16.7  We see no reason to question the Minister's judgement. But we are — once again — disappointed that a clear request for an update on progress has been overlooked. When the previous Committee cleared the Council Decision launching the Mission a year ago, it noted that it had been engaged already on two fronts in connection with the first of these EU's two missions, EUTM Mali — avoiding "mission creep" and an unending commitment; and "upstream" scrutiny of the process (see paragraphs 15.15-15.16 of our predecessors' Report for full details).[121] Our predecessors said:

"It is plain that we are not there yet: there is no mention of the potential challenges, nor is a focused and measurable mandate discernible. Moreover, an exit strategy is at least a year away — which raises the other longstanding point of discussion, regarding how the Committee can be engaged in the Strategic Review process of such missions, so as to avoid being where we are now, presented with a fait accompli in the form of a Council Decision requiring urgent attention. That issue remains unresolved."

16.8  They asked the Minister to bring the Committee up to date in autumn 2016, on how the new mission was performing — its counterpart in Niger having got off to a slow start — and the position then with regard to a proper exit strategy, and whether the Committee was to be given sight of the Strategic Review before any decision was presented regarding the Year 2 budget.

16.9  We are now presented with another fait accompli. We therefore ask the Minister to explain how this further oversight occurred, and what systemic measures are being put in place to ensure that such requests are never overlooked in future, be they with regard to this or any other mission (or any other aspect of CSDP and ESDP-related activity).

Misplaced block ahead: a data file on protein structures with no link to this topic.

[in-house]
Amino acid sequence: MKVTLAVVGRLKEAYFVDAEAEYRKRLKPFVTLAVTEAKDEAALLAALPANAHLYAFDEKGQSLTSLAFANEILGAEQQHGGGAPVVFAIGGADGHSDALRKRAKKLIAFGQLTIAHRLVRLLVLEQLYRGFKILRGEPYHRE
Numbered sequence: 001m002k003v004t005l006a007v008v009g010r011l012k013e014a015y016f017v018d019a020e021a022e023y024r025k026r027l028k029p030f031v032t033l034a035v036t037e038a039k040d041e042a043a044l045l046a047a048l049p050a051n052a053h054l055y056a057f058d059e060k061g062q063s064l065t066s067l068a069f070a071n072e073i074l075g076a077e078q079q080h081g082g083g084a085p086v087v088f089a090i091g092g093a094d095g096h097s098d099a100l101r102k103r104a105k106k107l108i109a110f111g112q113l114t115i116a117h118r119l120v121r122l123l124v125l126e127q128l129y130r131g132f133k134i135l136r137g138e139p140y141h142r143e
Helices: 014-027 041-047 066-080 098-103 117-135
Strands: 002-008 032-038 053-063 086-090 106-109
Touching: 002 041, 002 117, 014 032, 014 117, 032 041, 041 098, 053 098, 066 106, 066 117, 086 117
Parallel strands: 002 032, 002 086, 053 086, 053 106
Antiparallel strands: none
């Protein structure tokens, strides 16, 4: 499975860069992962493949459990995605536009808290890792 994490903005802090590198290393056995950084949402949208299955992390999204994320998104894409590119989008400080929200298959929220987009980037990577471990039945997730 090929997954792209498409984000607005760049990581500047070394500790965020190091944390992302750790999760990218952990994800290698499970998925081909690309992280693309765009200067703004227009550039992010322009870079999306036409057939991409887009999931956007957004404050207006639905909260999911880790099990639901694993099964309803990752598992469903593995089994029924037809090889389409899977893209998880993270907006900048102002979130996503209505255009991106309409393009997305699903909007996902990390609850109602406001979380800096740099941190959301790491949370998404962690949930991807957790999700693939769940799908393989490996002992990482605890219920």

16.10  In the meantime, we clear this Council Decision.

Full details of the documents: Council Decision amending Decision 2014/219/CFSP on the European Union CSDP Mission in Mali (EUCAP Sahel Mali): (37383), —.

Background

16.11  Mali has been in crisis since March 2012, when the military overthrew the government and, then, a coalition of separatist Tuareg rebels and militant Islamist armed groups with links to Al-Qaeda in the Islamic Maghreb pushed the national army out of the north of the country. In late 2012, it was agreed to create a military intervention force (now known as AMISA), under the auspices of the Economic Community of West African States (ECOWAS), which would attempt to retake the north. However, in January 2013, the prospect that the entire country might fall to the rebels before AMISA could become operational provoked an urgent French military intervention.

16.12  The restoration of security and lasting peace in Mali is a major issue for the stability of the Sahel region and, in the wider sense, for Africa and Europe.[122] On 18 February 2013, at the request of the Malian authorities, and in accordance with United Nations Security Council Resolution 2085 (2012), the EU launched a training mission for Malian armed forces, EUTM Mali. That mission (to which 25 States, including 22 Member States, are contributing military personnel) aims to support the training and reorganisation of the Malian Armed Forces and to help improve its military capacity, in order to allow, under civilian authority, the restoration of the country's territorial integrity.[123]